environ - user environment
extern char **environ;
The variable environ points to an array of strings called the `environment'.
(This variable must be declared in the user program, but is
declared in the header file unistd.h in case the header files came from
libc4 or libc5, and in case they came from glibc and _GNU_SOURCE was
defined.) This array of strings is made available to the process by
the exec(3) call that started the process. By convention these strings
have the form `name=value'. Common examples are:
USER The name of the logged-in user (used by some BSD-derived programs).
LOGNAME [Toc] [Back]
The name of the logged-in user (used by some System-V derived
HOME A user's login directory, set by login(1) from the password file
LANG The name of a locale to use for locale categories when not overridden
by LC_ALL or more specific environment variables like
LC_COLLATE, LC_CTYPE, LC_MESSAGES, LC_MONETARY, LC_NUMERIC,
LC_TIME, cf. locale(5).
PATH The sequence of directory prefixes that sh(1) and many other
programs apply in searching for a file known by an incomplete
path name. The prefixes are separated by `:'. (Similarly one
has CDPATH used by some shells to find the target of a change
directory command, MANPATH used by man(1) to find manual pages,
PWD The current working directory. Set by some shells.
SHELL The file name of the user's login shell.
TERM The terminal type for which output is to be prepared.
PAGER The user's preferred utility to display text files.
The user's preferred utility to edit text files.
BROWSER [Toc] [Back]
The user's preferred utility to browse URLs. Sequence of colonseparated
browser commands. See
Further names may be placed in the environment by the export command
and `name=value' in sh(1), or by the setenv command if you use csh(1).
Arguments may also be placed in the environment at the point of an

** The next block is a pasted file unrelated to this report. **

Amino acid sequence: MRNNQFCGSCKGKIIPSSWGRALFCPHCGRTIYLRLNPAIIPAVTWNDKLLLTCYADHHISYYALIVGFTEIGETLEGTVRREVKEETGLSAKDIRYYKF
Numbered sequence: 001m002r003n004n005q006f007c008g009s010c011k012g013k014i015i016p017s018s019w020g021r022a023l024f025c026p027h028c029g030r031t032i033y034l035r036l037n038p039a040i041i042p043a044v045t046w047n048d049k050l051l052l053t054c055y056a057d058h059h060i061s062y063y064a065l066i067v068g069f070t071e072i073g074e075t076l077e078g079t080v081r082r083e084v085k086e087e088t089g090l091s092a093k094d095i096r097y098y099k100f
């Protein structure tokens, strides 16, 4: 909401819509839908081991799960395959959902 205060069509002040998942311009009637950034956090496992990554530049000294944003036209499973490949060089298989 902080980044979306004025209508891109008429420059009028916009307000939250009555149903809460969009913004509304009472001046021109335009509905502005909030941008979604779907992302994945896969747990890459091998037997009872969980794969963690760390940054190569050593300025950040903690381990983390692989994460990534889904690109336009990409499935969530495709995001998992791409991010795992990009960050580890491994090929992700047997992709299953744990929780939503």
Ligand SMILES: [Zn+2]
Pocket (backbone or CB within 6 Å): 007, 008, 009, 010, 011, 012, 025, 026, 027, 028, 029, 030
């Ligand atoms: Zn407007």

exec(2). A C program can manipulate its environment using the functions
getenv(3), putenv(3), setenv(3) and unsetenv(3).
Note that the behaviour of many programs and library routines is influenced
by the presence or value of certain environment variables. A
The variables LANG, LANGUAGE, NLSPATH, LOCPATH, LC_ALL, LC_MESSAGES,
etc. influence locale handling, cf. locale(5).
TMPDIR influences the path prefix of names created by tmpnam(3) and
other routines, the temporary directory used by sort(1) and other programs,
LD_LIBRARY_PATH, LD_PRELOAD and other LD_* variables influence the behaviour
of the dynamic loader/linker.
POSIXLY_CORRECT makes certain programs and library routines follow the
prescriptions of POSIX.
The behaviour of malloc(3) is influenced by MALLOC_* variables.
The variable HOSTALIASES gives the name of a file containing aliases to
be used with gethostbyname(3).
TZ and TZDIR give time zone information.
TERMCAP gives information on how to address a given terminal (or gives
the name of a file containing such information).
COLUMNS and LINES tell applications about the window size, possibly
overriding the actual size.
PRINTER or LPDEST may specify the desired printer to use. Etc. etc.
Clearly there is a security risk here. Many a system command has been
tricked into mischief by a user who specified unusual values for IFS or
There is also the risk of name space pollution. Programs like make and
autoconf allow overriding of default utility names from the environment
with similarly named variables in all caps. Thus one uses CC to select
the desired C compiler (and similarly MAKE, AR, AS, FC, LD, LEX, RM,
YACC, etc.). However, in some traditional uses such an environment
variable gives options for the program instead of a pathname. Thus one
has MORE, LESS, and GZIP. Such usage is considered mistaken, and to be
avoided in new programs. The authors of gzip should consider renaming
their option to GZIP_OPT.
login(1), sh(1), bash(1), csh(1), tcsh(1), execve(2), exec(3),
getenv(3), putenv(3), setenv(3), unsetenv(3), locale(5)
Linux 1996-10-21 ENVIRON(7)
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